Reuters reports on a recent paper from University of Utah anthropologist Jack Broughton that looks at how Native Americans in California wiped out several species of animals and plant life prior to the European takeover. And thus, he concludes that Native Americans weren't all that sensitive to nature as we'd been led to believe.

I haven't read this paper, so he may address this, but do we currently live under the assumption that it has only been in the past couple generations that we've started killing off species? Don't the critics of the endangered species act always throw that fact out there - species have been dropping off throughout the millenia, so why try and stop the 'natural' course of things?

I think maybe 'natives' understood how to work with nature more than we do today, but that doesn't mean they didn't have a learning curve. They had to live and maintain livelihoods way back when, just as we do, and have at times learned the hard way. Jared Diamond's book Collapse is full of examples, such as Easter Island and the Viking-Inuit case. The Easter Island people used up all of their resources and their situation became dire. In Greenland, the Inuit people learned from their environment, and instead of trying to exploit their resources they used them to their advantage. Whereas the Vikings tried to bring what worked from their homeland (farming techniques and domesticated animals) to the 'new' land and didn't succeed because they didn't pay attention to what their environment was telling them.

What is different about us today than the California 'natives' 1500 years ago is that we have all this technology and history to know more about the past than ever before. We should be able to prevent mistakes of the past by learning from them, yet we don't seem to be willing to do so. Perhaps current socieites are in the midst of their (our) own learning curve.

Wednesday, February 15, 2006

Horsey on disappearing ice floes

Seattle-PI cartoonist David Horsey, on the melting arctic. (From The Seattle Post-Intelligencer Friday, Dec 16, 2005)

Tuesday, February 14, 2006

Public land for sale

G.W. is putting 300,000 acres of federal land and national forests up for sale!

The AP article says: "Forest Service officials say the sales are needed to raise $800 million over the next five years to pay for schools and roads in rural counties hurt by logging cutbacks on federal land. The Bureau of Land Management has said it also plans to sell federal lands to raise an estimated $250 million over five years."

300,000 acres to pay for a very short term span of five years. Well, it won't be a sale that keeps on giving, but hey, every little buck helps. Besides, the 300,000 acres are all spread out - an acre here, 1000 acres there. It's not like its a big ol chunk of trees set for the chopping block. Sounds like some of it is land that'd be developed anyway - like areas close to sprawling sub-urban or other metropolitan areas. Who are the likely buyers for the land? My guess is developers who'll build it up. And the land not near urban areas? Maybe a little natural resource extraction can be capitalized upon in those areas (or exploited - you choose the term).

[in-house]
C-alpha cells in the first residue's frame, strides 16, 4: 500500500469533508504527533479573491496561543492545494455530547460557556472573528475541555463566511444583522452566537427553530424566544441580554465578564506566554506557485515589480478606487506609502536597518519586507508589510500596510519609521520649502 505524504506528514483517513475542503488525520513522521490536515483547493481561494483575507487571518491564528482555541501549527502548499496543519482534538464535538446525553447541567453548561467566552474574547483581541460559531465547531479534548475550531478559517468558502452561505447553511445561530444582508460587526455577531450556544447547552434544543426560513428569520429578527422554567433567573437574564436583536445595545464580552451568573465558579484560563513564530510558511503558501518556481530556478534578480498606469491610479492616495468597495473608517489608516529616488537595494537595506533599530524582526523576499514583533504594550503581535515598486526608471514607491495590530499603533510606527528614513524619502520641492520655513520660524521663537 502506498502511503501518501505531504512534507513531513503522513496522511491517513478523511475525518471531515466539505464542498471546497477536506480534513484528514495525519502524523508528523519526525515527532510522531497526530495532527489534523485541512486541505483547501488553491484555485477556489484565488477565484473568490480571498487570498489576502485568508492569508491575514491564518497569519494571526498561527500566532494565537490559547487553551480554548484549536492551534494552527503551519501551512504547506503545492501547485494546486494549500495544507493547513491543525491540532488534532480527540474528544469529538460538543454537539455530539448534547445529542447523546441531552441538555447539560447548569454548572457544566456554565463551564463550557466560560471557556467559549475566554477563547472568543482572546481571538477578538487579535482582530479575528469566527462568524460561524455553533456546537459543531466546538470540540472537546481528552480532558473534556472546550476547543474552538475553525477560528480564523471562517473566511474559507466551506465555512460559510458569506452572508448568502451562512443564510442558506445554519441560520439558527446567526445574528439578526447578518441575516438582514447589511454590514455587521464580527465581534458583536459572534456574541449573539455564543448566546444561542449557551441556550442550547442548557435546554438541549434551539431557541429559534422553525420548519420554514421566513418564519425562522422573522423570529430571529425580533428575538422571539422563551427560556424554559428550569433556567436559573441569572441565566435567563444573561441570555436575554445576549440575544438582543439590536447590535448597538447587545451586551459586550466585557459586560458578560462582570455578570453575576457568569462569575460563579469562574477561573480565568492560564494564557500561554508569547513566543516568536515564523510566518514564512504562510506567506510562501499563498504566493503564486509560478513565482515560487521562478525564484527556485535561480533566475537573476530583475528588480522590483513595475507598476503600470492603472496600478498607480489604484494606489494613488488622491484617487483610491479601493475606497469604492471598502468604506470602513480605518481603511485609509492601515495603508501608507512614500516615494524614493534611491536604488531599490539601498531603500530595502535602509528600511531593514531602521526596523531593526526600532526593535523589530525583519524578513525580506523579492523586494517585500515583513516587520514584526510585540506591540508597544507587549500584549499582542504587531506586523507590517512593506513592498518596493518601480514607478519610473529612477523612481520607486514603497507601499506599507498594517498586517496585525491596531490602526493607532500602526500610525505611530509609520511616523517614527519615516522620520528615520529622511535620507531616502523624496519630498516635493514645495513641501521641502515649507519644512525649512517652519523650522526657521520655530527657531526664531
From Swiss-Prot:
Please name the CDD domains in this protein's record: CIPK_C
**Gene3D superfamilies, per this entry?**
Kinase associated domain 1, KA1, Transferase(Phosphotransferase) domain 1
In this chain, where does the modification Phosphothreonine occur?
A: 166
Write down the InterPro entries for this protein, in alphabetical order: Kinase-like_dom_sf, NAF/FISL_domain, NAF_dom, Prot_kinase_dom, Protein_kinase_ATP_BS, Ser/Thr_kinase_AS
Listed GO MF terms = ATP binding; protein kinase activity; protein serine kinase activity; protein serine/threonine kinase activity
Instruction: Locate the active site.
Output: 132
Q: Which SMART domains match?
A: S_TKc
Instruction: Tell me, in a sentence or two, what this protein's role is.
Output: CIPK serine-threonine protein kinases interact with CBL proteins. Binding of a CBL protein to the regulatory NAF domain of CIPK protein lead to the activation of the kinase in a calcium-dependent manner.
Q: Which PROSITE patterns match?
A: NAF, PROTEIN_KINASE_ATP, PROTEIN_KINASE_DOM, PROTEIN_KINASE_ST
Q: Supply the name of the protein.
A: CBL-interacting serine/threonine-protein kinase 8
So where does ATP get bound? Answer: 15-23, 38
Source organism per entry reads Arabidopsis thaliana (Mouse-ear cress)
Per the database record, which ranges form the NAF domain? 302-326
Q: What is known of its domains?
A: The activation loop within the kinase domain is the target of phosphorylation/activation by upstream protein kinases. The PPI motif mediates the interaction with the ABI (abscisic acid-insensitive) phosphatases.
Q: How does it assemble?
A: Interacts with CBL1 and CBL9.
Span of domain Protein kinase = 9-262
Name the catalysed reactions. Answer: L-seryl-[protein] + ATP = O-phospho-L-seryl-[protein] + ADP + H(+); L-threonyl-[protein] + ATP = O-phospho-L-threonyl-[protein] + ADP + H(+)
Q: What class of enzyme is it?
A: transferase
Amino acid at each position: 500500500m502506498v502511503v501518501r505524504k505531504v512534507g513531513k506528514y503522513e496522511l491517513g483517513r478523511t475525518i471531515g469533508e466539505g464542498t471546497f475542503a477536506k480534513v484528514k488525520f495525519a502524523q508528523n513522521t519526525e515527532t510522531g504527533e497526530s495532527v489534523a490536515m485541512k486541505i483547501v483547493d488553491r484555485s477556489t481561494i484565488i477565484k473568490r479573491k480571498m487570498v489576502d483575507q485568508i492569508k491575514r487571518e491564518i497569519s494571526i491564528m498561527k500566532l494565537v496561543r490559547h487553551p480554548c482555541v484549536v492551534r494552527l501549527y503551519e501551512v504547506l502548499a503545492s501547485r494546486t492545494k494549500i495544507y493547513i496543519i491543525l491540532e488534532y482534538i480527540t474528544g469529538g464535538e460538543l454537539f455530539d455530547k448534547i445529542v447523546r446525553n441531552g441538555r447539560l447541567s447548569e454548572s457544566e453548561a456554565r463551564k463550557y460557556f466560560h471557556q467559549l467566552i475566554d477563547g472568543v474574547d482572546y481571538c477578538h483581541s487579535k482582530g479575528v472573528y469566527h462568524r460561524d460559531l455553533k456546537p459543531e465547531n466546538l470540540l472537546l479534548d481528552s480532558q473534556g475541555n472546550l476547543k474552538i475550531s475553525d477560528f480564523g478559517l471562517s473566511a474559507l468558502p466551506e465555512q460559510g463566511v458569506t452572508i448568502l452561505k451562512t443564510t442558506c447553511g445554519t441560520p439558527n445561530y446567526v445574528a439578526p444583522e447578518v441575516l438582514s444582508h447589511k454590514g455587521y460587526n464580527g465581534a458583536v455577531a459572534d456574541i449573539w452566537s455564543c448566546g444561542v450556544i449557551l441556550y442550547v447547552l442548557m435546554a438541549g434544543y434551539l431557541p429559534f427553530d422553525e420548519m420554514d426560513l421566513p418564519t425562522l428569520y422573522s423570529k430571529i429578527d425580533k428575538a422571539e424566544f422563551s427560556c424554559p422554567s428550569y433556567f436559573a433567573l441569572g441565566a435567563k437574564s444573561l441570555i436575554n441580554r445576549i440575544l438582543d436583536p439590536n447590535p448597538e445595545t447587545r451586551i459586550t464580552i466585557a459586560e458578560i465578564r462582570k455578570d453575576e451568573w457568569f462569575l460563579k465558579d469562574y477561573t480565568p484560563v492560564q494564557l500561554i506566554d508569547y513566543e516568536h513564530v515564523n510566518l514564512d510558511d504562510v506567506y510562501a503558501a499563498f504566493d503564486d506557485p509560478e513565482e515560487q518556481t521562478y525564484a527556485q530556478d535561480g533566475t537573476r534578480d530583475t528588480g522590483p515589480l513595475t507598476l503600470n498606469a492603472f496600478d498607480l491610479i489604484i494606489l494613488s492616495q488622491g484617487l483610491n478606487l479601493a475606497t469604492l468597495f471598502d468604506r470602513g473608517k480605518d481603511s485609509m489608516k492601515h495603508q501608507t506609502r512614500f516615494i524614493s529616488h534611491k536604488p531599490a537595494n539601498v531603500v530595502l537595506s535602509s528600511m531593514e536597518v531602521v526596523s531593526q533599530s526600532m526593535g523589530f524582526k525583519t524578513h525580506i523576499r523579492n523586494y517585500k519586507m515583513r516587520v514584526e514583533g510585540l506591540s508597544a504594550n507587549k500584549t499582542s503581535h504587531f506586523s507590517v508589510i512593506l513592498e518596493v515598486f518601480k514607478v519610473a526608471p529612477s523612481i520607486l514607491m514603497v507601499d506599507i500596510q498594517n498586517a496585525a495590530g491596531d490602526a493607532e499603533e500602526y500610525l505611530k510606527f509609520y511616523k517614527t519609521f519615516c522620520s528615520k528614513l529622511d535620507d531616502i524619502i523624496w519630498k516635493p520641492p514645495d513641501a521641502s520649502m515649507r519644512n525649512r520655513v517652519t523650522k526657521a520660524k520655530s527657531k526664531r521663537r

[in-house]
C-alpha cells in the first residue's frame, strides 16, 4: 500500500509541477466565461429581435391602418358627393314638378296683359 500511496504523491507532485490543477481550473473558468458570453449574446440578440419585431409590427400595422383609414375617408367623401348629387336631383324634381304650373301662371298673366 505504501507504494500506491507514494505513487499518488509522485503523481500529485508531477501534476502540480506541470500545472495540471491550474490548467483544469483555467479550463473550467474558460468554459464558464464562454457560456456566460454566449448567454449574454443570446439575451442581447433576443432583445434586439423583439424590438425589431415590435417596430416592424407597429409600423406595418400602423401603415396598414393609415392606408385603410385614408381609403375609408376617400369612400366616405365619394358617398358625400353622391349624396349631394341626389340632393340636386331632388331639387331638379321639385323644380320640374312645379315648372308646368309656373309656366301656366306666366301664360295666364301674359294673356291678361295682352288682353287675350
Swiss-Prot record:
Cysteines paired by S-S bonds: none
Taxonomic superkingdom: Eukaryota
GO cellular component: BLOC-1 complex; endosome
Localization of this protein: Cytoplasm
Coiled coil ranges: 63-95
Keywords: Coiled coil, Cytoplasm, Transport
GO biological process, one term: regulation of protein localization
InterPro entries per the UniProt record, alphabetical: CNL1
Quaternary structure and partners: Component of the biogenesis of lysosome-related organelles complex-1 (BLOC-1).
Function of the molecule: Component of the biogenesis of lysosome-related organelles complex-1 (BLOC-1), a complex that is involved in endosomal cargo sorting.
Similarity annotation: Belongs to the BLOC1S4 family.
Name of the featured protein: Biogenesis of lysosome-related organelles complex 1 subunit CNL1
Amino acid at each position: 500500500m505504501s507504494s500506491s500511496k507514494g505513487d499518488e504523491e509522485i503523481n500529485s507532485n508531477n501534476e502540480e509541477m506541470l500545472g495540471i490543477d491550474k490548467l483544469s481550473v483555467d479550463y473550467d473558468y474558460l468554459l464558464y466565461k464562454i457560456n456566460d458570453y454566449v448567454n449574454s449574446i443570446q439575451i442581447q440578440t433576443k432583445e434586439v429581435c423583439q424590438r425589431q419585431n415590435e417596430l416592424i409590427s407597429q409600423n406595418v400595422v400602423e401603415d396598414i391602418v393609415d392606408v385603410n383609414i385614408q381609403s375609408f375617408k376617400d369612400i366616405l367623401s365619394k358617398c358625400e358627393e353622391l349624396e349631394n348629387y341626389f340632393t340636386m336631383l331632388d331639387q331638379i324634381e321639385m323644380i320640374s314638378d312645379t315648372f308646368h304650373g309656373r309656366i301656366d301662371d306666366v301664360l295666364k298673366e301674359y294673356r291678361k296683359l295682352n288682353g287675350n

But if you have a problem with any of the real estate up for bid, the government is taking comments on the matter through March (formality.)

The way the AP article presents it (as I'm sure the Bush Admin pitched it) is that if this sale doesn't happen you could hurt the already hurting communties victimized by harsh federal forest policies that restrict logging to save endangered species.

But once the sale is final, and the land is used up, and the money is spent, then what? Put more land up for sale? No one benefits from these short term fixes. We need a more comprehensive, long term, sustainable economic development plan for our nation. We (as the U.S.) expect other countries to do the same - but I guess that'll be for the next administration to figure out.

Monday, February 13, 2006

$1 billion to save salmon in the NW

Can $1 billion save salmon? The Seattle-PI reports that’s what a plan is calling for in the Puget Sound. I’ve only read the executive summary but I like the way it reads. It takes a watershed approach to salmon recovery. It takes into consideration future growth of the Puget Sound area (this includes the greater Seattle metropolitan area) and has taken a participatory approach in the planning process (if only all development plans could be as great.) If approved, this plan has a good chance at working, given that current recovery efforts are proving successful. Bottomline: saving salmon saves the integrity of the Puget Sound.

Here’s an excerpt from the exec summary: “This plan’s primary strengths rest upon three factors: 1) the needs of fish and people are addressed together; 2) the plan is built on the foundation of the fourteen local watershed planning areas across Puget Sound with a tailored approach for recovery based on local characteristics and conditions; and 3) although this plan focuses on Chinook recovery, it is done with the whole ecosystem in mind and the environmental and biological processes that create a healthy place for the salmon. Over 137 species of birds, mammals, amphibians and reptiles depend on salmon for one or more stages of their life, so they too will benefit from the protection and restoration actions to recover salmon.”

I suppose I could be a bit biased though. When I was in elementary school (to date myself, in the mid-to-late eighties) we learned about salmon. We learned the differences between Coho and Chinook salmon. We learned how salmon swim upstream to lay their eggs etc. We took field trips to salmon hatcheries, fixed up nearby creek areas and released hatchlings (or whatever they were called) into the water. So needless to say I’m all for salmon habitat restoration.

Of course the plan isn’t without critics (as the PI article mentions) and even though I believe it is a smart plan - I do have a critique of my own, however not on the plan itself – but on a related issue of water quality.